It is clear, then, that for EVs to contribute effectively, we need commensurate efforts in developing an entire ecosystem. Two previously separate value chains of the automotive and power sectors will now become interlinked. In this novel stakeholder map, end consumer profiles range from personal owners to even city transportation utilities—all with different needs, limitations and adoption strategies. The recurring theme in fledgling ecosystems such as this is that the pie is not big enough for intense competition and, thus, stakeholders first need to focus on creating the pie. This is important to fully utilize the benefits of scale, ensure there is uniformity in consumer uptake across factions and, finally, sustain interest from the investment community in a dependable growth option. Disproportionate impetus in nascent stages tends to either create future entry barriers or show declining viability after the fad passes. In either case, the market suffers and fails to reach its full potential.
Companies need to be cautious and hedge risks by not going all-out on investing in all competencies and geographies. A natural way to operationalize this strategy is to establish partnerships. This will be an important characteristic of this space in the coming years and the process has already started. Some flagship examples include Suzuki and Toyota partnering for the Indian market, Sun Mobility and Ashok Leyland partnering for swapping-based electric buses, and Mahindra and Ola collaborating for a mass mobility platform. All these permutations of partnerships are testament to the advent of experimentation in an operationally inchoate space.
Along with partnerships, new business models will also be tested across the board. Consider the example of charging infrastructure—it can be residential (charging in your parking), commercial (charging at work, in malls), and institutional (the way petrol pumps operate currently). Within each of these setups, we could have fast DC charging, slow AC charging, and battery-swapping. Stations can be set up by an original equipment manufacturer (OEM), an operator, a parking owner, a fleet owner or even a captive user. For monetization, one could charge by the hour, by units of electricity, a flat rate, a subsidized rate (if it say increases foot fall in a store), or any combination of these. Beyond charging infrastructure, there could be multiple models of using EVs as owned vehicles, on lease with structures of gross cost-to-customers (GCC) or even pay-as-you-go.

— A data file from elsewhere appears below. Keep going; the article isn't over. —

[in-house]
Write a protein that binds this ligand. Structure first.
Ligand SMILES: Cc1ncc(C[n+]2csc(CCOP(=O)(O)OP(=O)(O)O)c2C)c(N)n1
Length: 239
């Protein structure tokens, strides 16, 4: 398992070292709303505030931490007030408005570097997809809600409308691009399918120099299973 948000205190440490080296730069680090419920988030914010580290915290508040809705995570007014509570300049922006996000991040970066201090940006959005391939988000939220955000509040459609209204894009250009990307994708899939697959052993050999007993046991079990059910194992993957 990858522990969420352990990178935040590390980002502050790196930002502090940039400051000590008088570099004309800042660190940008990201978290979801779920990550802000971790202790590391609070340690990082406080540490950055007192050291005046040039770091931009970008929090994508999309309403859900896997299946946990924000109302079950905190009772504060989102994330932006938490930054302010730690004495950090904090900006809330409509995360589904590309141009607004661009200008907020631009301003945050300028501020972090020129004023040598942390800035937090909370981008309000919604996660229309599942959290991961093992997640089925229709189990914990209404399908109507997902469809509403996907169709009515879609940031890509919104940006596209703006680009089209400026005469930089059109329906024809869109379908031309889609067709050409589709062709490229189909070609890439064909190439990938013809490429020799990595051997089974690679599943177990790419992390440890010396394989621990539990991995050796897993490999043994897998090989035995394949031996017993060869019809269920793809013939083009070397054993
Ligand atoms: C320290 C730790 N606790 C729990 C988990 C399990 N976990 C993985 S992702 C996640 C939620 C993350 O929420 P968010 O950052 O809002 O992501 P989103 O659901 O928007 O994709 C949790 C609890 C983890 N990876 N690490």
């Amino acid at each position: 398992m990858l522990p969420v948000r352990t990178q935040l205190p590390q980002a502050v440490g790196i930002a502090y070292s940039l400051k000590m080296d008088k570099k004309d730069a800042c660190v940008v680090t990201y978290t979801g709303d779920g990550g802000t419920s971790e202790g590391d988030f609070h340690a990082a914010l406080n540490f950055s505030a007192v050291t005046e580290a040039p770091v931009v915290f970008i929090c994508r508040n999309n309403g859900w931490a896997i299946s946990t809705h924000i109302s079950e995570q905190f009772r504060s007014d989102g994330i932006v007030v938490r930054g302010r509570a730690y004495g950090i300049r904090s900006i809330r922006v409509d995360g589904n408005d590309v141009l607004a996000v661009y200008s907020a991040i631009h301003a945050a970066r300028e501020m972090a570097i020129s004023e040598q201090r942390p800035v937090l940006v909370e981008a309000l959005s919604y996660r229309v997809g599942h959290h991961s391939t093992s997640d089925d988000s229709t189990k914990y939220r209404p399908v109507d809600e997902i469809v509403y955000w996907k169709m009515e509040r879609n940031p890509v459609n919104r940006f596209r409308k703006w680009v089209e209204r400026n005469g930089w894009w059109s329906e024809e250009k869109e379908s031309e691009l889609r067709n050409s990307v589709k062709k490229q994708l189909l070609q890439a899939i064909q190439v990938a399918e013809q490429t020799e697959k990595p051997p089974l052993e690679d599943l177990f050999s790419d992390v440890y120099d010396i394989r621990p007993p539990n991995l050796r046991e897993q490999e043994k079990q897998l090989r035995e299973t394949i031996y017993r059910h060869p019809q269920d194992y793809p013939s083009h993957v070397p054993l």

Conversations with key players ranging from power distribution companies and OEMs to financers make it clear that the industry will try an endless number of models. Like any other product, which iteratively reaches its market-ready form, solutions will need to be consumer-centric, commercially viable and technologically feasible. Hence, it is critical that in the policies that the government proposes, the core aim is to be supportive and not inadvertently restrictive. The belief should be in incentivizing outcomes and not approaches so as to be more result-oriented. All involved parties unequivocally agree that cost, range anxiety and infrastructure robustness are critical bottlenecks. They limit adoption and, especially in India, consumers are not going to buy into a pyrrhic dream. Market mechanisms will solve teething problems, but only in good time. EV adoption can definitely be boosted, but in a ruthless and inertial battlefield like India, it can only be catalysed, not gamed.
This article is a part of a collaboration between Mint and the International Innovation Corps.
Rahul Chawla is a project associate at the International Innovation Corps, University of Chicago.
Comments are welcome at firstname.lastname@example.org